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Dublin: 17 °C Saturday 11 July, 2020

Three out of five voters think the President should give up all pensions while in office

A new poll has gauged people’s opinions on presidential earnings.

President Michael D Higgins launching his re-election campaign.
President Michael D Higgins launching his re-election campaign.
Image: Sam Boal/

THREE OUT OF five voters think the president should give up their State pension while in office, according to a new poll.

The findings are from the same Paddy Power/Red C poll which yesterday showed that  a huge majority want to see Higgins returned as president. 

The poll also looked at people’s attitudes towards presidential earnings and salaries and found that a majority felt a president should not be collecting a pension while in office. 

The Sunday Times reported last month that President Higgins has continued to draw down €19,000-a-year a pension from NUI Galway during his time in office.

Asked whether state pension payments should be disallowed while a president in office, 60% agreed that they should while 40% disagreed. 

Sinn Féin voters were the most likely to support disallowing pensions (74%), followed by Fianna Fáil voters (65%)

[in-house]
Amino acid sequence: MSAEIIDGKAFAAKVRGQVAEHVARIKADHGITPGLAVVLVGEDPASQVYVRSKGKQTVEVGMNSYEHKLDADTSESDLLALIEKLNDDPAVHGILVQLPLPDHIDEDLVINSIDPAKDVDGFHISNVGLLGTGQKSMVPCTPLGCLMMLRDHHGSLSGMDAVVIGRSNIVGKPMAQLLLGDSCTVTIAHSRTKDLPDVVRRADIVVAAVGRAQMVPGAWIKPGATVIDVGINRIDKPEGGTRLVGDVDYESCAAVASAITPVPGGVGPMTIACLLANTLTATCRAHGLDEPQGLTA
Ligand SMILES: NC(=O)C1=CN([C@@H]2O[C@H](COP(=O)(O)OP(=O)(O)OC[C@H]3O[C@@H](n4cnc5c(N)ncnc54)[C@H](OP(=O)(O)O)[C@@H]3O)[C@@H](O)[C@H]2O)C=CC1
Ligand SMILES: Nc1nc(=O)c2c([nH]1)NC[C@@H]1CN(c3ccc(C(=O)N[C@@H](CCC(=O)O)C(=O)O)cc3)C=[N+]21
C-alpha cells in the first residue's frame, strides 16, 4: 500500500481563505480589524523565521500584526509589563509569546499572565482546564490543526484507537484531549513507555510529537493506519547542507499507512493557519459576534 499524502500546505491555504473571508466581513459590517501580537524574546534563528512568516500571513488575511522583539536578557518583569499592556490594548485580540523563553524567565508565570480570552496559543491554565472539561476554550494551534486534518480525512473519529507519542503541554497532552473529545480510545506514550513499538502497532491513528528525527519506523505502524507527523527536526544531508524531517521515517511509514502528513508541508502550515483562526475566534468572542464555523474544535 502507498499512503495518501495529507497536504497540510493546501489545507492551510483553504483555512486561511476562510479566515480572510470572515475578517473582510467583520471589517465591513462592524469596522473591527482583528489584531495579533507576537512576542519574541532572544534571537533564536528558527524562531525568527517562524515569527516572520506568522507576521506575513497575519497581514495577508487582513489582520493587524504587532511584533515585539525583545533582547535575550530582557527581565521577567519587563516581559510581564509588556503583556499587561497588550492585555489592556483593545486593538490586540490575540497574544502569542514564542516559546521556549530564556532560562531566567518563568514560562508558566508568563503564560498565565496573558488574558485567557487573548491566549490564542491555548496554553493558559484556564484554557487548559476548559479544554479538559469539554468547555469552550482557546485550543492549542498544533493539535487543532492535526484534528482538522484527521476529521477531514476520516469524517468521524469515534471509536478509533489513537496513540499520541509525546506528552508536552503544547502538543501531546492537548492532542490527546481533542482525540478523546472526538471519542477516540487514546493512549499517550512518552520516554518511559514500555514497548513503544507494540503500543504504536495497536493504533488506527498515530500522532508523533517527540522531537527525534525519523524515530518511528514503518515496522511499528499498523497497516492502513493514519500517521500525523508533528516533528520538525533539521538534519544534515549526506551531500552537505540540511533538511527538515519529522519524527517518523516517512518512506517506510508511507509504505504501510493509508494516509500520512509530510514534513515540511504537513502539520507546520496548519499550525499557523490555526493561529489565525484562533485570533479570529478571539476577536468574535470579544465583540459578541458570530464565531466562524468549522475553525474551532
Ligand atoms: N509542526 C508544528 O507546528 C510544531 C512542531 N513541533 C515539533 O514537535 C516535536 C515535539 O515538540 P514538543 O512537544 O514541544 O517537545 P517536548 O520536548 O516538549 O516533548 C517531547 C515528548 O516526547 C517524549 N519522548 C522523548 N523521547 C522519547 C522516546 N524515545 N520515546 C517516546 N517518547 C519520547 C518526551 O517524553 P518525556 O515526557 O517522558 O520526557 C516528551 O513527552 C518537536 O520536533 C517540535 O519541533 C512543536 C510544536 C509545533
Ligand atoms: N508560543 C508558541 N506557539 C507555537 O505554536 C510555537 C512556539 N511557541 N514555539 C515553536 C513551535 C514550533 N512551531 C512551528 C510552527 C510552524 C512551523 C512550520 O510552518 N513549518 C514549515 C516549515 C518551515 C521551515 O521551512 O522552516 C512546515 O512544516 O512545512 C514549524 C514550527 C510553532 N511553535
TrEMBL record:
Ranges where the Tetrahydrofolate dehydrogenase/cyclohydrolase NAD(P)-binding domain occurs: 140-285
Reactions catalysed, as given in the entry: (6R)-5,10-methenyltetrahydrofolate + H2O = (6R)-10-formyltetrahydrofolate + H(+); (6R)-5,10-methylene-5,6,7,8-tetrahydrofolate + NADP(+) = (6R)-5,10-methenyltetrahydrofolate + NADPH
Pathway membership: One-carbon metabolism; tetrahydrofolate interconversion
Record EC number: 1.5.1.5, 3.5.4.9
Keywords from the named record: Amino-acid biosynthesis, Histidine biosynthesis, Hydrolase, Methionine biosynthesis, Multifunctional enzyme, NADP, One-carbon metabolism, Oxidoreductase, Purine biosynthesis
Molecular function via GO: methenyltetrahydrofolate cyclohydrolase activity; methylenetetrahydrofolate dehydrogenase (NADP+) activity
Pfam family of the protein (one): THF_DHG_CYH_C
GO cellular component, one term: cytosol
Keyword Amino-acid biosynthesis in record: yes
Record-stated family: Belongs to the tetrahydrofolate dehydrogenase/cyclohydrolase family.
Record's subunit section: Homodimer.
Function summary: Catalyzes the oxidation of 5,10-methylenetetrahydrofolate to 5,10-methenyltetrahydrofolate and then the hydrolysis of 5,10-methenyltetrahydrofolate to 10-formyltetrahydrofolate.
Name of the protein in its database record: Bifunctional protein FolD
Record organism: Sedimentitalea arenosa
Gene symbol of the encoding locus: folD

Red C 2 Source: Paddy Power/Red C

Currently, the salary of the president is €249,000 per year.

The opinion poll also asked whether this should be dramatically reduced to the minimum wage of €9.55 per hour.

Almost one in five (19%) agreed that it should but 81% were opposed to the idea. 

Sinn Fein voters were again most likely to be in favour of the measure with 31% supporting it. 

Red C 4 Source: Paddy Power/Red C

The poll also looked people’s attitudes towards a united Ireland becoming on the agenda as a result of Brexit. 

It found that just over three in five people (61%) would support a united Ireland arising from Brexit, with 39% opposed. 

Unsurprisingly, Sinn Féin voters were the most likely to support this, but a majority of both Fianna Fáil and Fine Gael voters were also in favour of a united Ireland resulting from Brexit. 

Labour and independent voters were opposed.

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Rónán Duffy

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